“Typically, good isn’t good enough,” mused a tour guide from Audi’s heritage museum in the Bavarian city of Ingolstadt. “Not to say all 82 million of us are like this,” said another from the Porsche Museum in Stuttgart, “but to be fleissig (industrious) is a very German quality and something we strive for.”
As the German auto industry progressed, it was shaped by the ebb and flow of companies starting up and winding down, merging and demerging, always fighting for top engineering talent. Corporate rivalries have alternated between fierce and forgotten – such as when arch-competitors Benz, based in Mannheim, and Daimler in Stuttgart, finally merged their companies in 1926. However, allegiances are as well-entrenched as ever. “If you don’t want trouble here, just don’t say Daimler invented the automobile,” quipped a tour guide in Mannheim, only somewhat in jest.
Shifting rivalries that shook up the status quo weren’t necessarily a bad thing; often they had the effect of spurring the innovators on. The typical automotive pioneer in southern Germany was a Tüftler (tinkerer), doggedly improving through trial and error, explained Frank Jung, Porsche AG’s head archivist. “After all, if you aren’t striving for perfection, there’s no need to tinker.”
If you aren’t striving for perfection, there’s no need to tinker
At Germany’s automotive heritage museums, you begin to understand how these inventors followed up the Motorwagen with an even longer list of automotive firsts. Among them were Daimler and Maybach’s carburetor, which made it possible to use gasoline as fuel; the Daimler company’s first Mercedes 35 PS, which, in 1900, introduced the shape and concept of the modern car; Porsche AG’s iconic 1948 Porsche 356 inspired by the simplicity of German Bauhaus design; BMW’s first electric concept car, the 1972 BMW 1602e; the 2019 Audi A8’s advanced AI-assisted self-driving. And on, and on.
Apart from a burst of French inventiveness in the 1890s, German manufacturers have remained at the industry’s forefront. They’ve done it through ingenuity, shaping car development with each successive era, said Heidbrink: “Innovation and luxury have always gone hand in hand.”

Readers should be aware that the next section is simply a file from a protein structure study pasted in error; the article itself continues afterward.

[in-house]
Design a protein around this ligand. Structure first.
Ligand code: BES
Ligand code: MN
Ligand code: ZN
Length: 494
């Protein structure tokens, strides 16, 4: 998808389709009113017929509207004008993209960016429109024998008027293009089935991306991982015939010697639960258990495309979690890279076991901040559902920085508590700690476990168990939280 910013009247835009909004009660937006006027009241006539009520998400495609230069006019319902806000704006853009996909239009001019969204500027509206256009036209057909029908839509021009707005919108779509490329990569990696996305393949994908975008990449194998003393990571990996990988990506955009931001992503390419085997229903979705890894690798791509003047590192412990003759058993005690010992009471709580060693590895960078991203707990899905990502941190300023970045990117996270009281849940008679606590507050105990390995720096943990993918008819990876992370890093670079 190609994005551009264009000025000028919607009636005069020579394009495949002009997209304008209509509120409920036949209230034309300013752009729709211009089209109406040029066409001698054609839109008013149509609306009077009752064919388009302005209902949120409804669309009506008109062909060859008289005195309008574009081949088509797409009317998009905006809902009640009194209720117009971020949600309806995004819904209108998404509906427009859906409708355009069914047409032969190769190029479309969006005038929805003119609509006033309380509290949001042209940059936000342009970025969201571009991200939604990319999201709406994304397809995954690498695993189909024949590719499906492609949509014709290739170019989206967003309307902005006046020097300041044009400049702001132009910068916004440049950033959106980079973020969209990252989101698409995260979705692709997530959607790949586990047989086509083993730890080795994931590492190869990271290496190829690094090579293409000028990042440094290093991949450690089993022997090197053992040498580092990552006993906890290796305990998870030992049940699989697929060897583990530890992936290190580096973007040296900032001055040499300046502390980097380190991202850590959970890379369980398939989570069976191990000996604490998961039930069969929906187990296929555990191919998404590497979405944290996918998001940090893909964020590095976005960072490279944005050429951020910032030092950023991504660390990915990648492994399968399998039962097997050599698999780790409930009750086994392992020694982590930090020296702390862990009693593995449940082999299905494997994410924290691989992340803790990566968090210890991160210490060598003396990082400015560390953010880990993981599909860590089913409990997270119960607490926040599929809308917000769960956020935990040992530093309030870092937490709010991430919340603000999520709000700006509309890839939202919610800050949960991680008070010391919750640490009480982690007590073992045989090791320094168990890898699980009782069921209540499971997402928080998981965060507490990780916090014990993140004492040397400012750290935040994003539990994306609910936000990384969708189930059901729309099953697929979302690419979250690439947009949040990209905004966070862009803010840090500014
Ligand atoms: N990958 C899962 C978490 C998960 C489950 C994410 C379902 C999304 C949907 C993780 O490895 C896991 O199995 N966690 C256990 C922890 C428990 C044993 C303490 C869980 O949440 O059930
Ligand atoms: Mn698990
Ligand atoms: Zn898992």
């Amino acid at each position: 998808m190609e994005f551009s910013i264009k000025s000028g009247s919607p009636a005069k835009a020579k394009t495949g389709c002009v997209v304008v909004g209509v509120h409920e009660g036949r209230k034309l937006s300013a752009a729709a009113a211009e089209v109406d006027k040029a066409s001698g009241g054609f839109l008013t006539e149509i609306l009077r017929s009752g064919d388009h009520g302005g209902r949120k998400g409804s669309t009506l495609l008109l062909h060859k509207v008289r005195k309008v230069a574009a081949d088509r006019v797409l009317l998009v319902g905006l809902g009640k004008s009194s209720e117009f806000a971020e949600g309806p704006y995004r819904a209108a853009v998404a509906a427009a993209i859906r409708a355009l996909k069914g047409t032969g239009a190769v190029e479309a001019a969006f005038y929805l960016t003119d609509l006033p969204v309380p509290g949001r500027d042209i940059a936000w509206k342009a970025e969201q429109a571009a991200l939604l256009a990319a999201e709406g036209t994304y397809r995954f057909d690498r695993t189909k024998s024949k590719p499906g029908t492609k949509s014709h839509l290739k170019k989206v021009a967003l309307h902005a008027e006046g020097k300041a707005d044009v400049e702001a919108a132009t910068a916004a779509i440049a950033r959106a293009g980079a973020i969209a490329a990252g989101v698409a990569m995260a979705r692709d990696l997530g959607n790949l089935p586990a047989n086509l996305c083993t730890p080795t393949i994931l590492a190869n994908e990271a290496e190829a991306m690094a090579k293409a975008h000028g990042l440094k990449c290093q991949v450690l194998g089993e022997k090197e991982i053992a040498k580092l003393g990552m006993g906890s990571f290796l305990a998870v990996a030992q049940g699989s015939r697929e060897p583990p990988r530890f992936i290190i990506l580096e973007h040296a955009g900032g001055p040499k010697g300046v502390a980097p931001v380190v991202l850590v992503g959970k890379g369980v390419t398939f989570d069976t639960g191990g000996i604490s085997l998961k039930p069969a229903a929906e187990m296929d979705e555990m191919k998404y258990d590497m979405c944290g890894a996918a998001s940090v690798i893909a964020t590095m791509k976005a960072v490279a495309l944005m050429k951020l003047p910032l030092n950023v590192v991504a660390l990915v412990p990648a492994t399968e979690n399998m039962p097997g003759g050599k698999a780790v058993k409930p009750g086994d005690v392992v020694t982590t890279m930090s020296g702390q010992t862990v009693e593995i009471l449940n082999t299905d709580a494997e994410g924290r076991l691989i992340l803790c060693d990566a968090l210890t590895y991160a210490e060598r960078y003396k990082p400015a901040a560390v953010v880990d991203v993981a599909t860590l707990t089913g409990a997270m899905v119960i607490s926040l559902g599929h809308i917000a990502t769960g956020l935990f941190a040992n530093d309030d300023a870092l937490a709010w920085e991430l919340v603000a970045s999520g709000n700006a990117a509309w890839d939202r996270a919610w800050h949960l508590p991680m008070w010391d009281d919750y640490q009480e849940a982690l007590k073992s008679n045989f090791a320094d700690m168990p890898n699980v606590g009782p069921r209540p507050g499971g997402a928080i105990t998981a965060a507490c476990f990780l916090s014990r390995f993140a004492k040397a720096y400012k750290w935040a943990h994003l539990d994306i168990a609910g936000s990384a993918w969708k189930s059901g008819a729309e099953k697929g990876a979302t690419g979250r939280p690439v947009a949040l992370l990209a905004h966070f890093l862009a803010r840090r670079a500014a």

For instance, each year Audi AG workers around the world volunteer thousands of ideas for improvement. Many of those suggestions end up implemented at Audi Forum Ingolstadt, the global headquarters and main assembly plant an hour north of Munich.
People here clearly share a visceral passion for cars – making them, improving them, but also enjoying them and enjoying the drive. “Germany, in the summer, is the perfection of the beautiful,” author Mark Twain wrote about his extensive travels in the country’s south-west. The view out my windshield was of precision-edged farmland, yellow fields of rapeseed in full bloom, low mountain ridges and occasional patches of thick forest interspersed with castles, and medieval villages brimming with wood-beamed Fachwerkhäuser (half-timbered houses). Compact, scenic, well-traversed by the Autobahn and secondary carriageways, it’s a landscape tailor-made for road tripping – and for Germans, an excuse to appreciate their inventions.
Cars are rooted far deeper in German culture than as a mere means of transport, confirmed Winfried A Seidel, who used proceeds from creating Veterama, a classic car and auto-parts marketplace, to open the Automuseum Dr Carl Benz in the village of Ladenburg, where the Benzes eventually settled. “We are a nation of collectors, and I see a lot of very valuable cars on the road,” he said.
En route from Ladenburg to Munich and the headquarters of BMW Group, I followed a short section of the Romantische Straße (Romantic Road), Germany’s classic, roughly 350km-long scenic drive through Baden-Württemberg and Bavaria.
And after a visit to the showrooms of BMW Welt and its attached BMW Museum in Munich, the thrill of being able to wring every last RPM out of my rented Volkswagen Tiguan on the mighty Autobahn was the most fun I’ve had behind the wheel in years. To my surprise, speed limits did kick in at times on the national road system, and it was fascinating to watch a new legal limit appear, not on any road sign, but directly on the Tiguan’s dashboard – technology that’s surely years ahead of what I'd find in any rental fleet back home in Canada.
More than a century after Bertha Benz invented road tripping, it seems Germans are still finding ways to perfect the drive.